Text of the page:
Yesterday, I began the process of culling through those several thousand blogs with another book in mind.  At the urging of my readers, I’m trying to figure out if I can “cherry pick” through all those entries and do a composite year-long Oysterville Daybook.  I’m quite sure the material is there.  Farmer Nyel and the chicken blogs alone are a no-brainer.  And there are dozens of stories and anecdotes about Oysterville past and present.  Plus the stories about people – their contributions, their idiosyncrasies and the ways in which they enrich village life.

Yes – tons of material, some of it fairly well written, too.  But, how to put it together?  What does a composite year look like?   Do I use the actual day/month that things happened but jump around year-wise– February 28 (2013) followed by February 29 (2016) and March 1 (2010)?  Or just use days and months and never mind if those are really when stuff happened – Monday, February 28; Tuesday, February 29th etc. and put the actual date at the foot of each blog.

Chicken Production - 3013

Chicken Production – 3013

And what about sequencing the events themselves? Or the dates that seem to be more ‘popular’?  January 11th for instance had great entries in 2012, 2014, and 2016.  And August 27th 2011 and 2015 are keepers. How to choose?  Or do I fake it with a disclaimer in the foreword?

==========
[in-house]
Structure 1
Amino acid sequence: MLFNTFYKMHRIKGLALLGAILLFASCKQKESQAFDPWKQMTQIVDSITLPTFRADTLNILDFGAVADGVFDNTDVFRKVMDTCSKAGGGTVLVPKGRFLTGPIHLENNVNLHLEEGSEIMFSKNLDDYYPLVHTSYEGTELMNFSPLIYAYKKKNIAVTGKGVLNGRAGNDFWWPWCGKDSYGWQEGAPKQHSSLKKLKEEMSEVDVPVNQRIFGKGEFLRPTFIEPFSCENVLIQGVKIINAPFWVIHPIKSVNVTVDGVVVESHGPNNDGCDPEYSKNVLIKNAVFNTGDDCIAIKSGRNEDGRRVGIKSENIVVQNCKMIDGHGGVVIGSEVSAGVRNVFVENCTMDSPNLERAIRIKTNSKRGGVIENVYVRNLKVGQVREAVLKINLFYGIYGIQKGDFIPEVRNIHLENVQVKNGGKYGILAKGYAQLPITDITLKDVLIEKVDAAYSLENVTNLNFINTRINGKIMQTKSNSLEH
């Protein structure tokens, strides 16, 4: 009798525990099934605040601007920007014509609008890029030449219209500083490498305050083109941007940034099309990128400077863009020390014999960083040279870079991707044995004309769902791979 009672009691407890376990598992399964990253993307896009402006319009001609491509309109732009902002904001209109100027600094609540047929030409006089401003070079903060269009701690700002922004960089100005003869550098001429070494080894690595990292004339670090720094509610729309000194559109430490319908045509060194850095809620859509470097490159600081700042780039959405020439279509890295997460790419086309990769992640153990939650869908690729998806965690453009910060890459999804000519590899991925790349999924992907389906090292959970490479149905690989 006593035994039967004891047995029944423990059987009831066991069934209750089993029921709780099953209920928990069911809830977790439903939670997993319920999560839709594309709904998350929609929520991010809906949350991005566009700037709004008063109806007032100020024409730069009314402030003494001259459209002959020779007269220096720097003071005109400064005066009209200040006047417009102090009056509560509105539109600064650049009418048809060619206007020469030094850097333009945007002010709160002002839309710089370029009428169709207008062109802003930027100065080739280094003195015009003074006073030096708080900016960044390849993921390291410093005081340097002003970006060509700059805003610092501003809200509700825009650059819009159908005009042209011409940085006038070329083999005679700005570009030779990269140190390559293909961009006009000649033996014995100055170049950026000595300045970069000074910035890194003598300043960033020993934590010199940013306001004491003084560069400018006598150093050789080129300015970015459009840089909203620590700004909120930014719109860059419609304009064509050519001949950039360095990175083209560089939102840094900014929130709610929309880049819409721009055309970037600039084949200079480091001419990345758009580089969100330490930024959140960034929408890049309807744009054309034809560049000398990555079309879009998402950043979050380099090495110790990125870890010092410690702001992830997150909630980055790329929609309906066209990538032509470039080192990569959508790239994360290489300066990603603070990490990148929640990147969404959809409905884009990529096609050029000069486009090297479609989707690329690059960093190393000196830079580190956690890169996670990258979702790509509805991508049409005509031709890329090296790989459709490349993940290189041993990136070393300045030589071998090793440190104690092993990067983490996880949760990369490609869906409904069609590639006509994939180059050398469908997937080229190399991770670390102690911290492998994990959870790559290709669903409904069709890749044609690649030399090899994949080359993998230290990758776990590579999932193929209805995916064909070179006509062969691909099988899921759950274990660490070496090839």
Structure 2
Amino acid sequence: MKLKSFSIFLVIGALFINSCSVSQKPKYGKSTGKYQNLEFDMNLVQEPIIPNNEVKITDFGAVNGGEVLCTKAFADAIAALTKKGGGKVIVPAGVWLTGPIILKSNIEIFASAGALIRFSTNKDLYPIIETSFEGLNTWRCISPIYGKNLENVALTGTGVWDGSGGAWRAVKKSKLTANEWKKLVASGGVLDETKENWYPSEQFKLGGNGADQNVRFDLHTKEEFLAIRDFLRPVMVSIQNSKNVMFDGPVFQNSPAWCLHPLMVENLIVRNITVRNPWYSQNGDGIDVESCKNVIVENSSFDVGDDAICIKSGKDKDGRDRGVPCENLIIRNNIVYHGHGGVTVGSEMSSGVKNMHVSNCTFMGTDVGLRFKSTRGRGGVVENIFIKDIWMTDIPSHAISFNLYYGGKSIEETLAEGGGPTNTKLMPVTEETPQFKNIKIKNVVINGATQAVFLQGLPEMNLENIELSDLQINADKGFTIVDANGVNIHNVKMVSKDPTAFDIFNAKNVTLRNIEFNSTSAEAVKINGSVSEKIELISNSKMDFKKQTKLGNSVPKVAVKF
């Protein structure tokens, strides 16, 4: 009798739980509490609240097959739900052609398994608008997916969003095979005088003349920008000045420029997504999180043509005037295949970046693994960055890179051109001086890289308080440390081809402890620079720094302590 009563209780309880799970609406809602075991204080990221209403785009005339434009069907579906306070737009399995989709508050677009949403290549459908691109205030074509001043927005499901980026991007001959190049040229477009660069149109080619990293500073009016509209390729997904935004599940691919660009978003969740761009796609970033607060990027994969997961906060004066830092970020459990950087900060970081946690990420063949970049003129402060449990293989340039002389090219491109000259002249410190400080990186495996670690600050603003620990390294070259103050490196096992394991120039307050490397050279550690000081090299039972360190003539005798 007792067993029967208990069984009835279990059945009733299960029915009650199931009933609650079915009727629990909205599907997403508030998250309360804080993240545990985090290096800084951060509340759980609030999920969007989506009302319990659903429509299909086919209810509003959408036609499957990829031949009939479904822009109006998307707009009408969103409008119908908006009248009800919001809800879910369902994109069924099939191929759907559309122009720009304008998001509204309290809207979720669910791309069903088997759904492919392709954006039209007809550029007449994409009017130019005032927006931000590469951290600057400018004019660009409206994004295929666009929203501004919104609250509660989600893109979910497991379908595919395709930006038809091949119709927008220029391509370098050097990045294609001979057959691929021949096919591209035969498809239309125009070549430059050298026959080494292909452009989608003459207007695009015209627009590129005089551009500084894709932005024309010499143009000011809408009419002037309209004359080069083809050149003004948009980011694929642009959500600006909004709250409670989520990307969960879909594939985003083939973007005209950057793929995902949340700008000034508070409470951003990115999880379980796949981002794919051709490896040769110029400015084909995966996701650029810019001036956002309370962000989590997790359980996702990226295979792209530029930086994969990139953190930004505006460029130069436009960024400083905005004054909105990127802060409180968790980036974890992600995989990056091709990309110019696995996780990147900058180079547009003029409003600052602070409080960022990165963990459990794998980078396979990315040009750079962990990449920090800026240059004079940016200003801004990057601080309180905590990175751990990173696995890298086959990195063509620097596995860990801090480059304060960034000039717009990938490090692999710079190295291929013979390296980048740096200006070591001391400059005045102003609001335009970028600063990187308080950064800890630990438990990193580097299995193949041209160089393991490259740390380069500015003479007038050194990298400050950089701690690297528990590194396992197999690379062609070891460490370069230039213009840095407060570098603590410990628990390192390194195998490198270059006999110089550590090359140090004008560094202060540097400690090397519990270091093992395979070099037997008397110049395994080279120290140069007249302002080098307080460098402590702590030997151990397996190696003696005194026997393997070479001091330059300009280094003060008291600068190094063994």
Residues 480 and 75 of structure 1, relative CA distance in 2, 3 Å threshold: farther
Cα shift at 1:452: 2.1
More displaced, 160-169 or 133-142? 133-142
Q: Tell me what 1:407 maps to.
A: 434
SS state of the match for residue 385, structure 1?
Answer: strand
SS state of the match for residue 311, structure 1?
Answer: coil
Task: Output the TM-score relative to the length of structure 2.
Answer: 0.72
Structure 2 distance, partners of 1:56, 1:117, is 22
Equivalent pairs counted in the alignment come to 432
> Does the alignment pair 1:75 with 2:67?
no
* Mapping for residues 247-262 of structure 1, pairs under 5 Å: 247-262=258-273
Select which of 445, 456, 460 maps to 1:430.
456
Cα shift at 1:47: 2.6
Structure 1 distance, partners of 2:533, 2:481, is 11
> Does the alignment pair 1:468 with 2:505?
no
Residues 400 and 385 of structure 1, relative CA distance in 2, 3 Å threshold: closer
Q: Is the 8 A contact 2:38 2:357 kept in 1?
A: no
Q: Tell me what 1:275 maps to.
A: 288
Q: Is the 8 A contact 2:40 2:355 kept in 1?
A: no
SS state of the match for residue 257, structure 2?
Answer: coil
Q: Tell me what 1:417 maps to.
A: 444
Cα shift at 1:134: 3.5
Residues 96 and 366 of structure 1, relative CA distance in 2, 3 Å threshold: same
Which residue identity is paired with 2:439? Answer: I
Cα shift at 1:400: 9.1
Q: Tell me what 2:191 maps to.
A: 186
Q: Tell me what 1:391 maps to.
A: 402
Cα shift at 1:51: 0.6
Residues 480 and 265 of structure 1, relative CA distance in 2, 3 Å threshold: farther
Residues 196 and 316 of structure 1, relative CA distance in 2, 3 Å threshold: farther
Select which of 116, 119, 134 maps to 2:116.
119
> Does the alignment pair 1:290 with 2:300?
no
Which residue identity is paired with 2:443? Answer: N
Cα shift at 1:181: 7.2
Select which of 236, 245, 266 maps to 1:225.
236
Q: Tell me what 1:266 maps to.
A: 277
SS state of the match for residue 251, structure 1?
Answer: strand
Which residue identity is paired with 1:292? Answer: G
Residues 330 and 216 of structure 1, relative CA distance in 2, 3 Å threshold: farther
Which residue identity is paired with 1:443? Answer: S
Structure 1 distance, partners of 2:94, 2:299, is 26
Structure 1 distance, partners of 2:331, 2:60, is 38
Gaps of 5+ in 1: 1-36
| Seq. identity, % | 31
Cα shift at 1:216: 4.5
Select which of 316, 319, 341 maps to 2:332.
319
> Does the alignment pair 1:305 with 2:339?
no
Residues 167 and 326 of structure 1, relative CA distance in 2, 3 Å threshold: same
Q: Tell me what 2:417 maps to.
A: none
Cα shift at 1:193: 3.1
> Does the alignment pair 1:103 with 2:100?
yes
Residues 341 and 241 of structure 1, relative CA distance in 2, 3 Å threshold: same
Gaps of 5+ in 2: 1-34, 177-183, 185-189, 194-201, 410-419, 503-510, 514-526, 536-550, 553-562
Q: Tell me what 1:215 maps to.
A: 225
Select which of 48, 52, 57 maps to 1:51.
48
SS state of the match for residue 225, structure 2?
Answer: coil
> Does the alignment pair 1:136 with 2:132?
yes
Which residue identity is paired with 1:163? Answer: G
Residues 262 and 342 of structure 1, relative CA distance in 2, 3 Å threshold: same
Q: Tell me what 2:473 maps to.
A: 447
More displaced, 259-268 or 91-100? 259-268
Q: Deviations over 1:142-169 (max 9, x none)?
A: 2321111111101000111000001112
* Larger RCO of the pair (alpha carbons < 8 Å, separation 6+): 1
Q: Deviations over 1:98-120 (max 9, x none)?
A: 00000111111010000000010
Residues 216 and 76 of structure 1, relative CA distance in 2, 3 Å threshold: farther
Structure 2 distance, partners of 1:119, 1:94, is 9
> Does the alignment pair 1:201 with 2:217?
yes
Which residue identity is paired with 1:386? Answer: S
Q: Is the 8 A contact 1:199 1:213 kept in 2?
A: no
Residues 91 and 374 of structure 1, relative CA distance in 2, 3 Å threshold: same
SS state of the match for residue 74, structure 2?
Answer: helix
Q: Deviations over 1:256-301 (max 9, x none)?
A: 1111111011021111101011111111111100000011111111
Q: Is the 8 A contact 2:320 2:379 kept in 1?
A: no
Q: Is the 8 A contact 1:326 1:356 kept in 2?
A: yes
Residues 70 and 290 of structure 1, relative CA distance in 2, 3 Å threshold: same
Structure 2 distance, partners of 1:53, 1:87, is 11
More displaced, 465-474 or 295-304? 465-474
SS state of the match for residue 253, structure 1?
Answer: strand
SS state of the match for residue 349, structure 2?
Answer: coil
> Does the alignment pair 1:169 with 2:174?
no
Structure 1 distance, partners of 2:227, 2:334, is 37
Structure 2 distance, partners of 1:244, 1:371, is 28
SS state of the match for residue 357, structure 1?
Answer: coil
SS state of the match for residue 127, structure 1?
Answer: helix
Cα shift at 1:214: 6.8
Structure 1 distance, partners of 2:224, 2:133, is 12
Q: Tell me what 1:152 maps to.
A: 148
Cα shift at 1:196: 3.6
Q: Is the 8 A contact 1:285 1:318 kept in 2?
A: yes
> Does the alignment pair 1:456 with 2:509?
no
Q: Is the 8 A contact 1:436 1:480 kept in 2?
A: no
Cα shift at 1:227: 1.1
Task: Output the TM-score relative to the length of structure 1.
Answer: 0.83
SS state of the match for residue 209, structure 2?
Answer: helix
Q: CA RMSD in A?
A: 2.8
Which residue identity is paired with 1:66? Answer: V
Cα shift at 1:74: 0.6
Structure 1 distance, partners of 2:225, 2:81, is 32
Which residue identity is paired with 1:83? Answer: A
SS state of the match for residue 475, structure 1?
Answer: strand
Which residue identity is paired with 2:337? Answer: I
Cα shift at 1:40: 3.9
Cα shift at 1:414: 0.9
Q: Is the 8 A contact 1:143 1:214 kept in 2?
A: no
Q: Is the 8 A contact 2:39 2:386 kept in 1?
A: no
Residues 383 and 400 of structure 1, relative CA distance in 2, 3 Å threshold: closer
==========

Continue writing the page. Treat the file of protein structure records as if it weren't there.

So far, a composite Daybook is a logistics challenge for sure.  Maybe it will come together; maybe not.  Meanwhile, it’s a good trip down memory lane.  And, besides, the two other books that have been on my back burner were sent off to potential publishers on Wednesday.  Woot!  Woot!

It’s a test!

Monday, March 14th, 2016
Birthday Treat!

Birthday Treat!

When I said I’d be celebrating my birthday for a year, I had no idea what form the partying would take. Birdseed! That’s what! At least that’s how it has begun.

Last night I was the guest of honor at a Birthday Dinner and one of the participants surprised me with a bag of wild birdseed – “so your girls will stay home!” he announced.  (I should point out that said gift-giver is a reader of my blogs and has taken note of my comments about the current bad habits of our resident chickens.)

Thus it is that today I’ll be scattering a little birdseed out in the yard about mid-morning. I remember that Pooh Bear described his need for a little smackerel of something as “feeling eleven o’clockish.” For our chickens, though, snack time is all day long. After all, that’s what free-ranging is all about.

But lately, about morning coffee break time, they head under the fence, across the street, through the Driscoll’s yard and over to Wachsmuths’ place. Somehow, they’ve gotten wind of the fact that Carol feeds the birds each morning and, apparently, the girls feel obligated to go over and do any necessary cleanup.

Heading on Out!

Heading on Out!